Major League Baseball
Indians-Angels preview
Major League Baseball

Indians-Angels preview

Updated Mar. 4, 2020 11:10 p.m. ET

ANAHEIM, Calif. -- When Angels pitcher Matt Shoemaker was sent down to Triple-A Salt Lake after a terrible season-opening month of April, it figured he had a number of things to work on.

Shoemaker admitted his mindset was his biggest issue -- specifically, taking a more aggressive approach to the mound.

That approach of going after hitters and not nibbling seems to have worked. He goes into Saturday's start against the Cleveland Indians with an impressive streak alive -- he has set an Angels franchise record by striking out 39 batters without mixing in any walks.

Over his last four starts, he has 37 strikeouts and zero walks. His last walk came against the Dodgers on May 16, when he gave Trayce Thompson a free pass. He has gone 33 2/3 consecutive innings without a walk.


"It's kind of just a bunch of little things," Shoemaker said. "The execution of pitches, there's more focus on that. Throwing better pitches in better counts. A whole mix of stuff. Mentally, I'm a lot different. A better state of mind, going over hitters, game plans, sticking with it. I'm the same guy but maybe a better mindset."

Though Shoemaker seems to have turned things around, the Angels are going south quickly. They have lost five in a row and have fallen a season-worst nine games under .500 (26-35). They had not been nine games under .500 since Sept. 9, 2013.

The Indians, though, are going in a different direction, winning eight of their last 10 and moving into first place in the American League Central on June 4.

Indians pitcher Trevor Bauer, who will start Saturday's game, has been a big part of the Tribe's resurgence. Bauer was the starting pitcher in two of the victories during a recent six-game winning streak, giving up four runs on nine hits with 16 strikeouts and four walks in 14 2/3 innings.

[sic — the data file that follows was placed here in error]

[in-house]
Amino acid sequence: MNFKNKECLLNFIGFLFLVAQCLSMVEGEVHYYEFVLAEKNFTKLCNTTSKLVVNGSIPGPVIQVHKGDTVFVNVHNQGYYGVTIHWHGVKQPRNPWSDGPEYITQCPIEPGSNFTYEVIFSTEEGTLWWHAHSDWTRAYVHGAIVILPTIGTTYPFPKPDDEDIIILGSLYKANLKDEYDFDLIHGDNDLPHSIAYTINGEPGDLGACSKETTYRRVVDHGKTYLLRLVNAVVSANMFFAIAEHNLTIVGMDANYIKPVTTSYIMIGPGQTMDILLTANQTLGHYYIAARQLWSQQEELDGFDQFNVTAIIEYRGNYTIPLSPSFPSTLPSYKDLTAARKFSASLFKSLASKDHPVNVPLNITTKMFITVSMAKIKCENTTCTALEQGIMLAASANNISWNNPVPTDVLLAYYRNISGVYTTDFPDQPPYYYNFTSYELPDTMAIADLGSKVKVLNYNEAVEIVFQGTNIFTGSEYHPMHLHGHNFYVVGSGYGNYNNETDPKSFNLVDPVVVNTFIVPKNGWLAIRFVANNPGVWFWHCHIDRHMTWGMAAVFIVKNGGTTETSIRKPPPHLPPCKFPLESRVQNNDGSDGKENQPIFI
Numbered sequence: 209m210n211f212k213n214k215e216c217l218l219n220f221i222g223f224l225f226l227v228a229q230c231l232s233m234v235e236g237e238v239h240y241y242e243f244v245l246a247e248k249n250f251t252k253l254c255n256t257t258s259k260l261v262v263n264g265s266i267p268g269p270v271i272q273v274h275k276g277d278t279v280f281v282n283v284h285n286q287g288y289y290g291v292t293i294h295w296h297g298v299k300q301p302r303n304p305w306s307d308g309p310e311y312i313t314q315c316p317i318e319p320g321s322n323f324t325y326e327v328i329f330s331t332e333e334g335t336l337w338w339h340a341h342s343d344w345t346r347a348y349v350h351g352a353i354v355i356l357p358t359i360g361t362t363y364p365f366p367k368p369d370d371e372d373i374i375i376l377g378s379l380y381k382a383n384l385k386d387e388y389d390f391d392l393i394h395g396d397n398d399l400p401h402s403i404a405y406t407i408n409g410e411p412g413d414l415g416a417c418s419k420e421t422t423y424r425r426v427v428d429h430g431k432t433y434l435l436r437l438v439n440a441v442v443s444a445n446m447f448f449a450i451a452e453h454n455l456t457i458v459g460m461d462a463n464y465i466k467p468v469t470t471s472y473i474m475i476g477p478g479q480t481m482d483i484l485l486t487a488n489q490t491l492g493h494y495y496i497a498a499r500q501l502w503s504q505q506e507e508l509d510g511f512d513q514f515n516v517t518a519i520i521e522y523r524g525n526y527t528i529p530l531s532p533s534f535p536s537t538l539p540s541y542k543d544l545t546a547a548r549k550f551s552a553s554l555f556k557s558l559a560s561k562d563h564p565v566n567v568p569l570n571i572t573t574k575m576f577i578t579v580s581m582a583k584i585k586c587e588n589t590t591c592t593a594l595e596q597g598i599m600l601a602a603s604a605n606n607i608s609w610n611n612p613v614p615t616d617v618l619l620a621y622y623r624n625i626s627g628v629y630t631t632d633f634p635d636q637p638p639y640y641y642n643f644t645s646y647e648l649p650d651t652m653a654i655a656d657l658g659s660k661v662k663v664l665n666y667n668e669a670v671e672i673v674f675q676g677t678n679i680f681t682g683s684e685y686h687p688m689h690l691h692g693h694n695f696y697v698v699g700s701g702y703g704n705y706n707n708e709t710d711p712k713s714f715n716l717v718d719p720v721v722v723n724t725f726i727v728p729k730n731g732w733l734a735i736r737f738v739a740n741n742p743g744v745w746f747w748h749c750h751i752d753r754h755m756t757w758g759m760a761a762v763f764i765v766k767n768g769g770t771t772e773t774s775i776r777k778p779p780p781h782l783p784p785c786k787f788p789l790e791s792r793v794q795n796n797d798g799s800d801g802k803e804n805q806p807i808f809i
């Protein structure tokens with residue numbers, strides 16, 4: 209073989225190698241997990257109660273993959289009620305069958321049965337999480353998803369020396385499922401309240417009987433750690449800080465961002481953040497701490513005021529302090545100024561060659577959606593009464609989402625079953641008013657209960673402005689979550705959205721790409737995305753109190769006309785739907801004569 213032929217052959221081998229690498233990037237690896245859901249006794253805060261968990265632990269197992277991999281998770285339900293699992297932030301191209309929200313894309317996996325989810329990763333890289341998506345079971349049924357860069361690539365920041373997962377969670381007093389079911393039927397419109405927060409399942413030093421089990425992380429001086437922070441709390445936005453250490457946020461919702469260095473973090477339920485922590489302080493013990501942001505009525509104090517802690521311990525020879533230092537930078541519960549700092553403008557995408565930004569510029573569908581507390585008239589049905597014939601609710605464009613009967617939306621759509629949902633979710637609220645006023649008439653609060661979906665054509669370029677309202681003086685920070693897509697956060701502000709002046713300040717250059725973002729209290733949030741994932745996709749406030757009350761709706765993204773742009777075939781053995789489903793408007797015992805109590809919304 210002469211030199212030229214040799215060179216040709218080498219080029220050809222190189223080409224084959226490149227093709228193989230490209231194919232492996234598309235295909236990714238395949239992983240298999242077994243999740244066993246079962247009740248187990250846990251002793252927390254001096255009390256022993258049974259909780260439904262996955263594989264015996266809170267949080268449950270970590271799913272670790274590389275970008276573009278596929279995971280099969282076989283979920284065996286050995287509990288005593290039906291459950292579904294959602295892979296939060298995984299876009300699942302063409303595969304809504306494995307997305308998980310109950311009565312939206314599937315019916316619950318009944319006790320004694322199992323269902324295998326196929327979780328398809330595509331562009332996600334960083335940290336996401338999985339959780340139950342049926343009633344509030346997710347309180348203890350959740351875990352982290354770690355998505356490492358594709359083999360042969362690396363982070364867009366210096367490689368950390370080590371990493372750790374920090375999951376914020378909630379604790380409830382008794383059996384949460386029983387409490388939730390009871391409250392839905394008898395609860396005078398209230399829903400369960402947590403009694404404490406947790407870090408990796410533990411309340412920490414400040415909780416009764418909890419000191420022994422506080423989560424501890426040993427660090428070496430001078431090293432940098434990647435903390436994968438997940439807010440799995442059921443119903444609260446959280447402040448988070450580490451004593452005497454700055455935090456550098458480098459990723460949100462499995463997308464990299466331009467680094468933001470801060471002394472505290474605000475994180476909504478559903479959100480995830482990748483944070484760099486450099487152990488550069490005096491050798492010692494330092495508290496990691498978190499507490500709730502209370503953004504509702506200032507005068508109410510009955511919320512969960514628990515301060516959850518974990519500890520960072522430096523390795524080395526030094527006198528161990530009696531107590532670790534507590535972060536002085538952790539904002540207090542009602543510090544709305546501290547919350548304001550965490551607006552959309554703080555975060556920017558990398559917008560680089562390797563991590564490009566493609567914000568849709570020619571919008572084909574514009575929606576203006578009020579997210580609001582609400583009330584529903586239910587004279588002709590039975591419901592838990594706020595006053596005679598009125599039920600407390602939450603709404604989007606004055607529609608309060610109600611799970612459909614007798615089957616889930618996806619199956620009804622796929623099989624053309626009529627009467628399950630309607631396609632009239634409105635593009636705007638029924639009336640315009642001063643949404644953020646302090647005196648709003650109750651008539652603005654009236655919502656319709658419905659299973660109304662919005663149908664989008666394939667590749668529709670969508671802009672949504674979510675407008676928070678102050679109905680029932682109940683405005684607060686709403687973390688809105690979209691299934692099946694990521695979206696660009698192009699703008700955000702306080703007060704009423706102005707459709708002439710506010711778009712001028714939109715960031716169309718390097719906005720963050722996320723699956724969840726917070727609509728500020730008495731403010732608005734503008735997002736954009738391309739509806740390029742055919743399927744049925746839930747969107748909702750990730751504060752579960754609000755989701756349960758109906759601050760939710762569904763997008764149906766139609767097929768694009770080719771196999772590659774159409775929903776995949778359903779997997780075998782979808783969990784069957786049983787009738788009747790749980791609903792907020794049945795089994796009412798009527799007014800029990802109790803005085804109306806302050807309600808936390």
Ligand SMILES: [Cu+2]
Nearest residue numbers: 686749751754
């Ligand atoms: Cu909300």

Like Shoemaker, Bauer is attributing some of his success to a mindset.

"What is happiness? What is fun?" Bauer told after his last start June 6 against Seattle. "It's a feeling. I want to enjoy playing. I've been trying to do that more this year."

The Indians also will take into the game the advantage of having "Angels killer" Mike Napoli, who played his first five big league seasons with the Angels before they traded him away after the 2010 season.

Since the trade, it doesn't seem to matter for which team Napoli is playing. With the Rangers, Red Sox and now the Indians, Napoli has hit .319 (60 for 188) against the Angels with 18 homers and 38 RBIs in 56 games.

It's the most homers against any opponent for Napoli other than the A's (21 homers) and the Mariners (20), but he's played twice as many games against those teams (112 vs. Oakland; 111 vs. Seattle).

"I like doing that, but I don't know what it is," Napoli told the L.A. Times when asked whether he wants to make the Angels pay for trading him. "It just happens. Guys have teams they do that against. The Angels happen to be it for me."


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